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Beauty first says Stephen Bayley

Jonathan Schofield interviews the 'design guru' prior to his city lecture 'Architecture is more important than politics'

Written by . Published on February 16th 2010.

Beauty first says Stephen Bayley

It's good for the soul to lift your eyes to the skies, or to lovely buildings, and think beauty, in all its abstract and physical forms. This belief lies at the heart of Stephen Bayley's (pictured here) March lecture at BDP's Manchester HQ on Ducie Street.

Great design has moral qualities. It is honest, witty, disciplined, yet right for its function or location.

Bayley is a posh Scouser who studied History of Art in Manchester between '69-'72. Over the years he has become a respected design commentator, a regular 'name' columnist in the broadsheet and design press. He can also court controversy.

One of his several books is 'Woman as Design' (2009) which looks at how the physical form of the female has been used as a symbol in art. Germaine Greer disapproved. Others thought it magnificent. American writer, wit and author of Bonfire of the Vanities, Tom Wolfe, has said of Bayley “I don't know anybody with more interesting observations about style, taste and contemporary design”.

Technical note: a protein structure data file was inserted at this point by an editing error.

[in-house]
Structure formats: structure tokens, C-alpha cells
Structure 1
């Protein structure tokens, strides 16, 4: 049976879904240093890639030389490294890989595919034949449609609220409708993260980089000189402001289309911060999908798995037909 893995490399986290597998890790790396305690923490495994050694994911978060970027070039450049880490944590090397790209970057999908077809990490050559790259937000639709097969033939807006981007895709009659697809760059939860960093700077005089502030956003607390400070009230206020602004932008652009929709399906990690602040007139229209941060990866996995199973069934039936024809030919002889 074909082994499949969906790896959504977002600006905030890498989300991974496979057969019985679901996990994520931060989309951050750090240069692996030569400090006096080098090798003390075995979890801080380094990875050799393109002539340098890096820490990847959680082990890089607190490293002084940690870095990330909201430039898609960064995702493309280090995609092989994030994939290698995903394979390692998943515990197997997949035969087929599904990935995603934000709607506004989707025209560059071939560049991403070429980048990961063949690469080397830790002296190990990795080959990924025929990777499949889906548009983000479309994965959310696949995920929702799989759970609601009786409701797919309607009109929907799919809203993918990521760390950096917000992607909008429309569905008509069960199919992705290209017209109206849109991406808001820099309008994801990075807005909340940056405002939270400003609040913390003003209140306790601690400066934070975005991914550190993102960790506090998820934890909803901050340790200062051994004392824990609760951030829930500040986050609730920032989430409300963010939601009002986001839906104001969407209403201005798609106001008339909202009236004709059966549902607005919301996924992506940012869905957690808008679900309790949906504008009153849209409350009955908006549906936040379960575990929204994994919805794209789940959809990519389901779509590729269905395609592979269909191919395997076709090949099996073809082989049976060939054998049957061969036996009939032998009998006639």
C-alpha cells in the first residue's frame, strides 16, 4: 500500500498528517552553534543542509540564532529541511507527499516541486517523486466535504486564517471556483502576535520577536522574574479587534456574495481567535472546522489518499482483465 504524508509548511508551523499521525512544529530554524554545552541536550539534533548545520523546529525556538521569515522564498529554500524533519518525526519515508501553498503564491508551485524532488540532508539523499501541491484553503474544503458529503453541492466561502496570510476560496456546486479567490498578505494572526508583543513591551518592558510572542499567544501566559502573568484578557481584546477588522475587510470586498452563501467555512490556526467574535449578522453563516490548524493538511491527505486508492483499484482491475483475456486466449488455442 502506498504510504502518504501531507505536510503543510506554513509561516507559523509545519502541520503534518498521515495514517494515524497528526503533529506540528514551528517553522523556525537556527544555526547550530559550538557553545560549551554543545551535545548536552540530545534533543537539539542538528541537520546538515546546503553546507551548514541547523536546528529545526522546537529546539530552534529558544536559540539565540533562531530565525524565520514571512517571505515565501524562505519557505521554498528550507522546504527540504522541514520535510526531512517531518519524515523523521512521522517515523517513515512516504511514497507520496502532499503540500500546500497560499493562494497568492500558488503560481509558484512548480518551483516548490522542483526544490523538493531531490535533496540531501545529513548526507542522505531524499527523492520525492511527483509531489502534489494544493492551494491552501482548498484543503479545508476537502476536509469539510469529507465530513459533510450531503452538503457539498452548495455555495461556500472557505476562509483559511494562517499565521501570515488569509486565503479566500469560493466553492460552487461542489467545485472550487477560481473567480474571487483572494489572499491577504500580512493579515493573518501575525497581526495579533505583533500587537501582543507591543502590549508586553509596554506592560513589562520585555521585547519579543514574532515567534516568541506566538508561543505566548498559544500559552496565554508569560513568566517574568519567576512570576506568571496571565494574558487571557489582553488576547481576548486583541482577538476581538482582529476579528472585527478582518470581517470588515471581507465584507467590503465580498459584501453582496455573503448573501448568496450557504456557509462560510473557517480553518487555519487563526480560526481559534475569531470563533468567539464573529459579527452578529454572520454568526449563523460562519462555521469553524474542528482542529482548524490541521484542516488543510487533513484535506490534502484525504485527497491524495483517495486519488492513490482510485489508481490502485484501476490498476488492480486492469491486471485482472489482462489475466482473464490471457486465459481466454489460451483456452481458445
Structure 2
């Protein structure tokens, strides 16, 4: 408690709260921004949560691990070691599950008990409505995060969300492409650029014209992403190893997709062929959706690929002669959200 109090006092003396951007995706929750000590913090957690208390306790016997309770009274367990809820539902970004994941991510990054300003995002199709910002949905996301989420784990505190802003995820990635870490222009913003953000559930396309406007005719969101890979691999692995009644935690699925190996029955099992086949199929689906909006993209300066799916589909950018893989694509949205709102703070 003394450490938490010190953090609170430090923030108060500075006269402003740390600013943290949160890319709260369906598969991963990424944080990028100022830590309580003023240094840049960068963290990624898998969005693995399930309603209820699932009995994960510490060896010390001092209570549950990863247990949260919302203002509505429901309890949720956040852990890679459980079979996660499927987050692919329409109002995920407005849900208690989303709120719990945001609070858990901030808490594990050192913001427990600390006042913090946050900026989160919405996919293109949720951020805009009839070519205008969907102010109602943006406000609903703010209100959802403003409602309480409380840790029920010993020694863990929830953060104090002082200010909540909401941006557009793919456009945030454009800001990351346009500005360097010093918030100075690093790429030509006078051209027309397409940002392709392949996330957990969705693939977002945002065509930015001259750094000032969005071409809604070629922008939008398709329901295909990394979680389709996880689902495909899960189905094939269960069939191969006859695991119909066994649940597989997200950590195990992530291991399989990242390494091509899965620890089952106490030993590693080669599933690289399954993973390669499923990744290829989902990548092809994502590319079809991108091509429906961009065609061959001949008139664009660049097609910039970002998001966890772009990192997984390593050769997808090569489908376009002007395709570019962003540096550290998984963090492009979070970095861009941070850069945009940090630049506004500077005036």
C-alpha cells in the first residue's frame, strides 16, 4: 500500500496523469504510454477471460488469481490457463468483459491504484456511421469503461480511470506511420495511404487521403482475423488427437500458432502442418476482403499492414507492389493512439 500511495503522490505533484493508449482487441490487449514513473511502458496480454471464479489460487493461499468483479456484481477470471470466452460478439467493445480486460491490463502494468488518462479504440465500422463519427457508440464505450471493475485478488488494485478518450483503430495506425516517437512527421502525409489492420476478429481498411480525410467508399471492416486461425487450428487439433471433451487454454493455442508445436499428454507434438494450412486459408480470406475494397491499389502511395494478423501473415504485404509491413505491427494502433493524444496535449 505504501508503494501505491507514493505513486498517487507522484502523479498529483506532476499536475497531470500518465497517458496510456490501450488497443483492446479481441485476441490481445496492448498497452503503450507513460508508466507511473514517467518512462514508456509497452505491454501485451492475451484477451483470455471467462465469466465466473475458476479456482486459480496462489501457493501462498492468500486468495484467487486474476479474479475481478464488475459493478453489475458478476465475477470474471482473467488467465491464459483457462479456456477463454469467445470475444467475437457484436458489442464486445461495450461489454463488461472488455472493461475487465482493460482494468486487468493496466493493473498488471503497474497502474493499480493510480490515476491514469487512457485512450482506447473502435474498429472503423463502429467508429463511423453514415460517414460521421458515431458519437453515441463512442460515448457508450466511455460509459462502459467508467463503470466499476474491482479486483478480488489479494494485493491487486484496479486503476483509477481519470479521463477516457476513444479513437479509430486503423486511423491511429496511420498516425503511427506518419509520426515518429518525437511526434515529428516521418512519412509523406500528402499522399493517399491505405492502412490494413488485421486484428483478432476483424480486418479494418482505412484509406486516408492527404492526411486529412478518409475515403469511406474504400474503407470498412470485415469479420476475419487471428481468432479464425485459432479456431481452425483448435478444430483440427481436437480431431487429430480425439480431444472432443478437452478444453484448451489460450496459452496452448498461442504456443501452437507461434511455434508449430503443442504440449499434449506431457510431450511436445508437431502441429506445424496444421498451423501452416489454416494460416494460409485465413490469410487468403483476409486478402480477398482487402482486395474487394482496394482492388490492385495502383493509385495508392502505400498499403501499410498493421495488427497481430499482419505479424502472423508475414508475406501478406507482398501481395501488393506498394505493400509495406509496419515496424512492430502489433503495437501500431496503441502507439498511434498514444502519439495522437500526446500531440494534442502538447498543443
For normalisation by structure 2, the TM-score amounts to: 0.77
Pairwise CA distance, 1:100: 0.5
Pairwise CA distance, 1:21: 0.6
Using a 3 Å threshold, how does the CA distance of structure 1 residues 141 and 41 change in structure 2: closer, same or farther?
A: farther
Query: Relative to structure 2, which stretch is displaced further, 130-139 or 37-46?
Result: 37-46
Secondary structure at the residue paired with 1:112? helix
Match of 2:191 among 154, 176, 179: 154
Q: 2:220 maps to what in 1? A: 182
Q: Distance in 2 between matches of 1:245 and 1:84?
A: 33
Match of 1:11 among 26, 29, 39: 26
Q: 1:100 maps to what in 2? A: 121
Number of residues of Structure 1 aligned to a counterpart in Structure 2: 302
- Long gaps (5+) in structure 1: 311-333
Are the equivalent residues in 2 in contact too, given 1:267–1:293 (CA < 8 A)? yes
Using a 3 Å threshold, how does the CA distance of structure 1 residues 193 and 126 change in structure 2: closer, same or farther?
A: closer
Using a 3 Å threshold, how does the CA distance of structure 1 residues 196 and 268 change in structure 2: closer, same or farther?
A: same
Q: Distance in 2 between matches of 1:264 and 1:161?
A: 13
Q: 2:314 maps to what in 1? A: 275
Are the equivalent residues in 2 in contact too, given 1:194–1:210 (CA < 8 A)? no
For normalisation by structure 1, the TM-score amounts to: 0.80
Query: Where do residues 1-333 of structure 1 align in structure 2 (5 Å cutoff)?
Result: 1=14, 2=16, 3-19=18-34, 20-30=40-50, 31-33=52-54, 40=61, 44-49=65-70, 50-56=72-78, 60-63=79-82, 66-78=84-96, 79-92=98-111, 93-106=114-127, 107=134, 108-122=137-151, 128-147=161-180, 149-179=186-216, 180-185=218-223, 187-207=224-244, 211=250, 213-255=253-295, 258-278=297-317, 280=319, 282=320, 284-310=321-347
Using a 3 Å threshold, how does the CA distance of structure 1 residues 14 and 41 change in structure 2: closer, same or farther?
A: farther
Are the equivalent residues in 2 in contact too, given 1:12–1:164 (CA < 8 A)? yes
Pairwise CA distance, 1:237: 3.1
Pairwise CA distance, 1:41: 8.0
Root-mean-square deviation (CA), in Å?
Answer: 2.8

His lecture title in Manchester is 'Architecture is more important than politics'. The gut-reaction to this is, what on earth can he mean? Has he gone mad?

“It's simple really," Bayley says. "I think that the environment we inhabit affects our behaviour in more positive and negative ways than politics does. If you have dignified buildings and public spaces people become more industrious, more responsible – happier.”

He pauses as if this were a truth engraved in stone. Before I can react he goes all tiger. “We reached the end of politics in Britain a long time ago. Lots of people agree that we'd be much better off without politicians. Politicians have more in common with other politicians than the people at large, they're their own little class, a sub-group. In design terms the problem is that they just don't see, or won't see, good design. They don't have that chemistry of the brain."

Have you got any instances of this, I ask, or are you shooting scatter-gun from the hip? Could we name names?